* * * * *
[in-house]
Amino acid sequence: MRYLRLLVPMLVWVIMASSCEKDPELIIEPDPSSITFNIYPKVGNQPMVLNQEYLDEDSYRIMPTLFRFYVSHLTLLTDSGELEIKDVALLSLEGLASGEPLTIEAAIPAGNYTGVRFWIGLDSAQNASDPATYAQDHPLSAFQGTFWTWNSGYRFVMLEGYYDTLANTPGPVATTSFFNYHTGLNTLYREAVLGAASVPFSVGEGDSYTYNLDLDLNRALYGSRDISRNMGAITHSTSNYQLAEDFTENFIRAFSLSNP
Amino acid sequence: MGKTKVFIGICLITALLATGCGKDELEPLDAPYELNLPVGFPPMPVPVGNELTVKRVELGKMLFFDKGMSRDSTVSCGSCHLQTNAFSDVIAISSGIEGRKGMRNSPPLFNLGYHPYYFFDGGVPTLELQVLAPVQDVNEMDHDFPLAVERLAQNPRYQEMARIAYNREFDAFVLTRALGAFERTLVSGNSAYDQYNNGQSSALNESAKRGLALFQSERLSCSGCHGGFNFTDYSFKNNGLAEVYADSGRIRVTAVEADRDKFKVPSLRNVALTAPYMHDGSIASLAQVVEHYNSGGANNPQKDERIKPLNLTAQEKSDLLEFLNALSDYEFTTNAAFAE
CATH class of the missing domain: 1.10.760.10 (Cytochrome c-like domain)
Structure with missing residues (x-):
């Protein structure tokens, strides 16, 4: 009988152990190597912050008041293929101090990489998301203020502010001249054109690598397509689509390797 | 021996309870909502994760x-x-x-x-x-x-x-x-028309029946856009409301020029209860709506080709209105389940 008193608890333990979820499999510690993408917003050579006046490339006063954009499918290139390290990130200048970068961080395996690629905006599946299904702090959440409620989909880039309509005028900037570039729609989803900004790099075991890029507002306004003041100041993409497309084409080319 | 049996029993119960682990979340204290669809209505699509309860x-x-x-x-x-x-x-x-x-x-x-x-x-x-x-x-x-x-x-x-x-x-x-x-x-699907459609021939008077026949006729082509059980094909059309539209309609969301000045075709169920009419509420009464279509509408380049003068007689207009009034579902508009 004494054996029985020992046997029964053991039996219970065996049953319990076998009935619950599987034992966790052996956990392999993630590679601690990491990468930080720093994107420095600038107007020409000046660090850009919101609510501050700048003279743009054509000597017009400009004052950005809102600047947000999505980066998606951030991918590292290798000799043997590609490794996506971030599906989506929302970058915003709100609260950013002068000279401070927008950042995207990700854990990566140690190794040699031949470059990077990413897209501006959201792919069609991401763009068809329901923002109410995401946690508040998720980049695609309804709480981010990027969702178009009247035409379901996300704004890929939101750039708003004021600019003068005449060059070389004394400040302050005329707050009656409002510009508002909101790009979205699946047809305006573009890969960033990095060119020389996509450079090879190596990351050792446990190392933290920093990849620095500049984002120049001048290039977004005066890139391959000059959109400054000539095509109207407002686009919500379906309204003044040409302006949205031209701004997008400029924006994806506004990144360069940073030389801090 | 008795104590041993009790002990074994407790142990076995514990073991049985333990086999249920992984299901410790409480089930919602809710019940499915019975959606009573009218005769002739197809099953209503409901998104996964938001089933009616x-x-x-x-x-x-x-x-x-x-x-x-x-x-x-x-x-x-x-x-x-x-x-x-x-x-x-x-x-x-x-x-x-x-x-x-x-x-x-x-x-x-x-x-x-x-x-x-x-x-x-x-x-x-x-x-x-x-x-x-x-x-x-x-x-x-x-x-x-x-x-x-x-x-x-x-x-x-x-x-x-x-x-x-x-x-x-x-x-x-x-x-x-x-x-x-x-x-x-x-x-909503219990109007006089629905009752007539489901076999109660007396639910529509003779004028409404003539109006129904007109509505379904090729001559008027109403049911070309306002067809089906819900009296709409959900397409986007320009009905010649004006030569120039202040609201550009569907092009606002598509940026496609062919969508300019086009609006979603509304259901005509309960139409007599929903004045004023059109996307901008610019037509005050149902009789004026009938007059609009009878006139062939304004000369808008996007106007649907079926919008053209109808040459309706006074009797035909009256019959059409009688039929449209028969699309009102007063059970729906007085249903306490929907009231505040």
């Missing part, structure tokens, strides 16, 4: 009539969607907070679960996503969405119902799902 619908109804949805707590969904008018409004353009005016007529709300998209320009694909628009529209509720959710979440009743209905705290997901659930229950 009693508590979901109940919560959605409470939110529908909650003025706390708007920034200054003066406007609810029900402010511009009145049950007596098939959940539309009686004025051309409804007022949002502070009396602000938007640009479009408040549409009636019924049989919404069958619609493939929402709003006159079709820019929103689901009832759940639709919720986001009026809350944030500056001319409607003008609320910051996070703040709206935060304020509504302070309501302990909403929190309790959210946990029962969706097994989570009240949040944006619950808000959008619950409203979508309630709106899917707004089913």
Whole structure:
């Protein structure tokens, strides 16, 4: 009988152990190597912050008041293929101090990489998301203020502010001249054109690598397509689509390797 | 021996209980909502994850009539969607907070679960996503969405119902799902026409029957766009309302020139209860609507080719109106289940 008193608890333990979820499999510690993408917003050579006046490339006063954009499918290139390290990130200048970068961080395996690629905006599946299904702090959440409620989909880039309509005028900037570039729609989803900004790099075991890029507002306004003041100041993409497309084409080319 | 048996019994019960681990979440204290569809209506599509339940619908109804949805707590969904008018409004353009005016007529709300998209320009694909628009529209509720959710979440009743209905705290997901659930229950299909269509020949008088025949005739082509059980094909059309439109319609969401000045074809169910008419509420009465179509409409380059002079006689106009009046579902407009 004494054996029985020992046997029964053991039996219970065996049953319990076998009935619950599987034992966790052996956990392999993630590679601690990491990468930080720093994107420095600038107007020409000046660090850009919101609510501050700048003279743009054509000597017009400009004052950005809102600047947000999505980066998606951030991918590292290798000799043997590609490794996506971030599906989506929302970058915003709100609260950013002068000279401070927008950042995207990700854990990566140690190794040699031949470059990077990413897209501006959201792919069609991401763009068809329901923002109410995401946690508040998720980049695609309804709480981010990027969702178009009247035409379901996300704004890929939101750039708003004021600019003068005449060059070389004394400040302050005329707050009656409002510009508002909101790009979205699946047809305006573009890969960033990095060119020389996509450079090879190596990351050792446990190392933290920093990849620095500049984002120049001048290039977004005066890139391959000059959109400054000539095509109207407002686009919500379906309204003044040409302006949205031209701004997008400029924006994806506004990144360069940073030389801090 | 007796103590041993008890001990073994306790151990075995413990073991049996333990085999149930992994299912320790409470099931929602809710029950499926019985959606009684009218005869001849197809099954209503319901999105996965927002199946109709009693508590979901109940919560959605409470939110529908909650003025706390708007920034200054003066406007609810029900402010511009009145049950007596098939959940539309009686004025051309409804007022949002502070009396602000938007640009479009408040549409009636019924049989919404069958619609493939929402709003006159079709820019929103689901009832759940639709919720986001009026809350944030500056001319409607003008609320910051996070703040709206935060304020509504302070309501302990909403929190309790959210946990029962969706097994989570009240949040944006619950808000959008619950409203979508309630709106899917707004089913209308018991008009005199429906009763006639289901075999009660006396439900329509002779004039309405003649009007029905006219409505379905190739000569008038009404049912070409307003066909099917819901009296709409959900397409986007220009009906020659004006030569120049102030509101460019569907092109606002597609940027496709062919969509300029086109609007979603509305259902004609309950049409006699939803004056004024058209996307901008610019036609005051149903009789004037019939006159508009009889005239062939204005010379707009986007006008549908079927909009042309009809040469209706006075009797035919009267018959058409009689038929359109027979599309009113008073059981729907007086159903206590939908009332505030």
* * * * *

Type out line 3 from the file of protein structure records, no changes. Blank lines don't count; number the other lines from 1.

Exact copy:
Amino acid sequence: MGKTKVFIGICLITALLATGCGKDELEPLDAPYELNLPVGFPPMPVPVGNELTVKRVELGKMLFFDKGMSRDSTVSCGSCHLQTNAFSDVIAISSGIEGRKGMRNSPPLFNLGYHPYYFFDGGVPTLELQVLAPVQDVNEMDHDFPLAVERLAQNPRYQEMARIAYNREFDAFVLTRALGAFERTLVSGNSAYDQYNNGQSSALNESAKRGLALFQSERLSCSGCHGGFNFTDYSFKNNGLAEVYADSGRIRVTAVEADRDKFKVPSLRNVALTAPYMHDGSIASLAQVVEHYNSGGANNPQKDERIKPLNLTAQEKSDLLEFLNALSDYEFTTNAAFAE